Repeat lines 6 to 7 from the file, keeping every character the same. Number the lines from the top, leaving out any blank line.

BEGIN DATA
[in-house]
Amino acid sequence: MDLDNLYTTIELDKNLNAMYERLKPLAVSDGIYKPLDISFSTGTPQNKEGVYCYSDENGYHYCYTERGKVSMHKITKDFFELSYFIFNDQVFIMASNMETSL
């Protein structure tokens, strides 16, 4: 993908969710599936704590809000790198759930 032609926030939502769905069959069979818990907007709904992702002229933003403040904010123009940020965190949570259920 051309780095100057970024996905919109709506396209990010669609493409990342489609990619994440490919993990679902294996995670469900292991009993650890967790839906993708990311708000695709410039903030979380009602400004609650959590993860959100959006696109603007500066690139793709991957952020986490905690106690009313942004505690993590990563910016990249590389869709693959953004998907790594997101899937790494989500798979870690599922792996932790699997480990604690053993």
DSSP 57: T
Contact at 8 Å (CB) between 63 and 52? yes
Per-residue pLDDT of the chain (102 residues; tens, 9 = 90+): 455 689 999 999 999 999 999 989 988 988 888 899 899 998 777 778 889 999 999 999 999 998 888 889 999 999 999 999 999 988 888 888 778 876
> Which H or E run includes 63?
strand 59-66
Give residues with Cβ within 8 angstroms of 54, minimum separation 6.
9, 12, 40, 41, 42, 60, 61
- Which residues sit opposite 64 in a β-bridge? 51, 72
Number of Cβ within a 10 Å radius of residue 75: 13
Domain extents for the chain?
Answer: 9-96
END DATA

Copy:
Per-residue pLDDT of the chain (102 residues; tens, 9 = 90+): 455 689 999 999 999 999 999 989 988 988 888 899 899 998 777 778 889 999 999 999 999 998 888 889 999 999 999 999 999 988 888 888 778 876
> Which H or E run includes 63?